Do You Know Why The Stock Market Will Crash Suddenly? : LUSENET : TB2K spinoff uncensored : One Thread

Greetings, stock investors---

Do YOU know why the stock market will crash suddenly?

Of course, you do.

In this age of instantaneous information accessible via the Internet and global telecommunications, a point of investment peril will be reached wherein a multitude of investors will experience that infamous "collective dope slap" and immediately panic by selling fragile stocks.

The crash will be known within seconds via the Internet. Those who are not connected will be at a loss. Those who are cybernauts will click their *SELL* buttons and pray for a speedy exit. This MASS EXODUS will be global and immediate! There will be few second thoughts as the majority of investors rush to exit and sell at whatever they can get. There will be MAMMOTH LOSSES WITHIN SECONDS!

However, the sudden infusion of MANY SELL CALLS will result in SUDDEN DEATH causing many to lose their entire investments.

This post is a warning of what will soon come to pass...

-- dinosaur (, March 25, 2000


how soon?

-- Squirrel Hunter (nuts@upina.cellrelaytower), March 25, 2000.

When the great prophet Abby Joseph Cone(head) say's sell!

-- birddog (, March 25, 2000.

Yep, just watch for the lips to move next year.

-- Alert (, March 26, 2000.


Ever heard of market curbs and circuit breakers? No, probably not, since your main purpose seems to be spreading your own unique brand of fear and disaster. You can find information on why your "warning" is wrong at

The markets can't fall more than 30% in one day. If that ever happens (and it hasn't yet), the market is closed for the day. In addition, the computers are turned off and trading is done by hand once other lower curbs are reached.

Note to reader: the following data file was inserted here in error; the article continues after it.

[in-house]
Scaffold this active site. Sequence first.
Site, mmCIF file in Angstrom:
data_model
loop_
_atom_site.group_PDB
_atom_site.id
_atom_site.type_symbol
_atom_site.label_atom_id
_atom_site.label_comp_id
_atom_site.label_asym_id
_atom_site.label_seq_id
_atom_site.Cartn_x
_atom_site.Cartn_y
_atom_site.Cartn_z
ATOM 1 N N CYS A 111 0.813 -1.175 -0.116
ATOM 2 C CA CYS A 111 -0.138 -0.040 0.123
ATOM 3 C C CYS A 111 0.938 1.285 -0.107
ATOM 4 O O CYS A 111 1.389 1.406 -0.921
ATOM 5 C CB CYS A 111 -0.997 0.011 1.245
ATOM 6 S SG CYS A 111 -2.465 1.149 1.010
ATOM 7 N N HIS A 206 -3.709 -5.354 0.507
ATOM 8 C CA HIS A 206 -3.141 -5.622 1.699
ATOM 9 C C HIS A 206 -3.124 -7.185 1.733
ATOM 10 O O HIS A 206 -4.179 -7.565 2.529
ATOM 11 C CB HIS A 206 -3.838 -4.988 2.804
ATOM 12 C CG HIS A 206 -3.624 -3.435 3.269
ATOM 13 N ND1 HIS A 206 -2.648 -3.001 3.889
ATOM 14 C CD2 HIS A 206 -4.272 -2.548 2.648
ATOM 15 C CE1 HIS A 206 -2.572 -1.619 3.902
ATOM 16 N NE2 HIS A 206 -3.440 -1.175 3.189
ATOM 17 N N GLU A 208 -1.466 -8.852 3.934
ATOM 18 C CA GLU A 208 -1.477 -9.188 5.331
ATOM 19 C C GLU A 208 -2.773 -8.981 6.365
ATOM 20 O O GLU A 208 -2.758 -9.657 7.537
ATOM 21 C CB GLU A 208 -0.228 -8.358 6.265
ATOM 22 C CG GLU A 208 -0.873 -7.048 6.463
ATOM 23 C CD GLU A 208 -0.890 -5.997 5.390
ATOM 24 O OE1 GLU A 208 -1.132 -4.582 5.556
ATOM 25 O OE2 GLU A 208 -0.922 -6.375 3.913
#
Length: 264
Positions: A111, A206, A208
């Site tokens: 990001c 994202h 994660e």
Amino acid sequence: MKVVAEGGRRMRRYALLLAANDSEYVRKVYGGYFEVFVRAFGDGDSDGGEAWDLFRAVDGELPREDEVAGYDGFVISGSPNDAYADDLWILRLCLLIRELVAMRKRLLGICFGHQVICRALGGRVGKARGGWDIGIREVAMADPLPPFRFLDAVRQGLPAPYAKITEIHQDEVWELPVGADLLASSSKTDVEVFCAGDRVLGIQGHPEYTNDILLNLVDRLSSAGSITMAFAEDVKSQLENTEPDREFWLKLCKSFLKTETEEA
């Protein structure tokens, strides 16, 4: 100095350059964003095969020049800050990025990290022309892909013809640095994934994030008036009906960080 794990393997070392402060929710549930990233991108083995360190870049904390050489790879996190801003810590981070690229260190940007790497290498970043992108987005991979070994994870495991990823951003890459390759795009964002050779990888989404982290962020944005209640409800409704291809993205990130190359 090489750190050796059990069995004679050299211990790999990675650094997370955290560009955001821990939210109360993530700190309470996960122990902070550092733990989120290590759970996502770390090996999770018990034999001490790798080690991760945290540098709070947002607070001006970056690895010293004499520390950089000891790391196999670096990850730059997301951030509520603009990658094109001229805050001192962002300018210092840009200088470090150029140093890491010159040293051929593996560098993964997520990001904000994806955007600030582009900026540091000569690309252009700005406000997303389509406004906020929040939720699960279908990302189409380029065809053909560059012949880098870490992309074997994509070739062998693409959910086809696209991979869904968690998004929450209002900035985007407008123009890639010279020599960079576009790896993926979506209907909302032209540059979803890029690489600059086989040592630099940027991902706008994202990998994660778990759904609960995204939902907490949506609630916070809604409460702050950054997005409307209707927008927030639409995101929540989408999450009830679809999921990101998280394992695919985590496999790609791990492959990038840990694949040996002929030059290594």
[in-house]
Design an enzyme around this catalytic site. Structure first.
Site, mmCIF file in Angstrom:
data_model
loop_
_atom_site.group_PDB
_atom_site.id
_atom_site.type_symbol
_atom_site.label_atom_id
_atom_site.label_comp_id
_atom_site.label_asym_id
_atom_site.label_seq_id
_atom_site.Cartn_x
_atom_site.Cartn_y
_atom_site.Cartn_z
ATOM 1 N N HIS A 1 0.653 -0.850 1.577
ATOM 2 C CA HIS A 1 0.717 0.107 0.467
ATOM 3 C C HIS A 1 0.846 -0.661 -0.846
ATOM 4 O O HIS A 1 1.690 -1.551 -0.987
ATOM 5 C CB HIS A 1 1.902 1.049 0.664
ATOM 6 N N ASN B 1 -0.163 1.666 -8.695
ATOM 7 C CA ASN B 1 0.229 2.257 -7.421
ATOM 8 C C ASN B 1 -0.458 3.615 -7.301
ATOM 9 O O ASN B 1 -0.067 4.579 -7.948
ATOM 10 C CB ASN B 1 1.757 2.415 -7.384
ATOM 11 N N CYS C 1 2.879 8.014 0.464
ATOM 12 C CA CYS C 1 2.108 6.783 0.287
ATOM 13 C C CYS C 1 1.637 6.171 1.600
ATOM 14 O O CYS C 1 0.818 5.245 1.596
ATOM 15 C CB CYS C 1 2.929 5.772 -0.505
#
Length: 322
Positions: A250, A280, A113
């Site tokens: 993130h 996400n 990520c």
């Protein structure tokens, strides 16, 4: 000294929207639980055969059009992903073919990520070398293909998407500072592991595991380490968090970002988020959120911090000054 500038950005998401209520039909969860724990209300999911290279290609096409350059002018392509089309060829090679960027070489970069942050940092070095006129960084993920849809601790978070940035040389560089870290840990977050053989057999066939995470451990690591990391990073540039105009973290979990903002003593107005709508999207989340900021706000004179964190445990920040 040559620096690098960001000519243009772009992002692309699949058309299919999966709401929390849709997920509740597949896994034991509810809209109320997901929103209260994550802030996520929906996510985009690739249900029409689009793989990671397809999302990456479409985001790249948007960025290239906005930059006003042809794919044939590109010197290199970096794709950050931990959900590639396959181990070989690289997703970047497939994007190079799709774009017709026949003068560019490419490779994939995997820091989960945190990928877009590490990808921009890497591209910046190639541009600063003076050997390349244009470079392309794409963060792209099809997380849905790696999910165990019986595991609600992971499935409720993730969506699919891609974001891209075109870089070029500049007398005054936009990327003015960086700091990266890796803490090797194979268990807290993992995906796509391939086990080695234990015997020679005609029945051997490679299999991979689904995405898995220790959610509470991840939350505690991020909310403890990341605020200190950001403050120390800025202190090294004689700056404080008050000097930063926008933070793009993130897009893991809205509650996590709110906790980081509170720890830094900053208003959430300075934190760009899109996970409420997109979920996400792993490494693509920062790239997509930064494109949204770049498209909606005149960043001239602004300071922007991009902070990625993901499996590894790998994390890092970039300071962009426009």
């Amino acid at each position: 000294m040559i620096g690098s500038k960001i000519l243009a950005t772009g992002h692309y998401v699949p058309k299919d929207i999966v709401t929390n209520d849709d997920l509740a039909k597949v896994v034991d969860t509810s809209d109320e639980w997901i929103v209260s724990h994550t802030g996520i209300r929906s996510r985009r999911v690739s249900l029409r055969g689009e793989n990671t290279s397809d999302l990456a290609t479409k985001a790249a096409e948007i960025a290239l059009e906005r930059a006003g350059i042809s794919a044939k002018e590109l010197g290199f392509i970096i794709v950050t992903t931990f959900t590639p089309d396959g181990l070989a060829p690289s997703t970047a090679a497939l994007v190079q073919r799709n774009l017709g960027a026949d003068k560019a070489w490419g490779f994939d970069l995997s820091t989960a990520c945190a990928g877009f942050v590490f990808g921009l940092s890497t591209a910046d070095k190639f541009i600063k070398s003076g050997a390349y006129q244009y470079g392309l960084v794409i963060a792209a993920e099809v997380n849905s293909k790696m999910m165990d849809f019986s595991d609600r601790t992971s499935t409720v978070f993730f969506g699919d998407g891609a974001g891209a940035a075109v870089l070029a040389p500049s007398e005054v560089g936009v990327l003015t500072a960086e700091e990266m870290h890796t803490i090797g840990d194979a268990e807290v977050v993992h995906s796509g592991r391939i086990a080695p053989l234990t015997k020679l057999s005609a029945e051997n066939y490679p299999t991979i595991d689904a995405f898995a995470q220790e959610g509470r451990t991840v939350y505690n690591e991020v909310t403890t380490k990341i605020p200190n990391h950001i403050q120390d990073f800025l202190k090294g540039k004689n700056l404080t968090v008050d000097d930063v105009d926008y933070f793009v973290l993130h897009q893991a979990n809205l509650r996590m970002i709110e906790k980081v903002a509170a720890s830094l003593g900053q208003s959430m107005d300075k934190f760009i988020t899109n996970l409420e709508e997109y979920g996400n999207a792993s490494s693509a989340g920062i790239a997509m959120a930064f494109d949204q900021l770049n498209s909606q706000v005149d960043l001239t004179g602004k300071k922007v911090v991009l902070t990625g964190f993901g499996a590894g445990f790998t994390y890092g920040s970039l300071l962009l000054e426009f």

You can't lose all your money in seconds. Period.

-- Jim Cooke (, March 26, 2000.

30% in a DAY! If that's not F-A-S-T, I don't know what is!!!

-- Gotta (LookOut@Below!.com), March 27, 2000.

There's a difference between fast and "MAMMOTH LOSSES WITHIN SECONDS". 30% would be about 4000 points, a highly unlikely scenario.

-- Jim Cooke (, March 27, 2000.

In my understanding, the sell programs actually get "adjusted" even sooner than that; market "curbs" first kick in on a 10% drop and trading is done "by hand" for the next hour. Jim Cooke's correct, however, in that a 30% drop gets trading "collared" (shut down) for the rest of the day to let everyone take a nice, deep breath.

MAMMOTH LOSSES IN SECONDS? Well, I suppose if someone's been stupid enought to margin themselves to the max and use unsecured credit and/or a second mortgage to "play the market", even a 10% drop would hurt them pretty badly (through the dark magic of margin multiplication and mandatory "calls"). Stupidity can get you hurt, no doubt about it.

I don't think it will happen all in a day, friends. The real market crashes (even 1929) took place over many weeks. They had their big, black days, but it was the long, slow, agonizing declines that really took the markets down to their lows.

-- DeeEmBee (, March 27, 2000.


I posted that reply late last night, then today came across this most interesting article cited in Bill Fleckenstein's The Contrarian:



`We're in the midst of a revolution . . . but that revolution doesn't change the basic laws of economics."

Sam Zell has experienced volatile and extreme markets, but he ranks today's dot-com valuations among the most highly irrational.

"In `Jack and the Beanstalk,' Jack discovered that the beanstalk doesn't grow all the way to the sky. In order for a stock to grow, you always need someone willing to buy it from you at a higher price than you paid for it.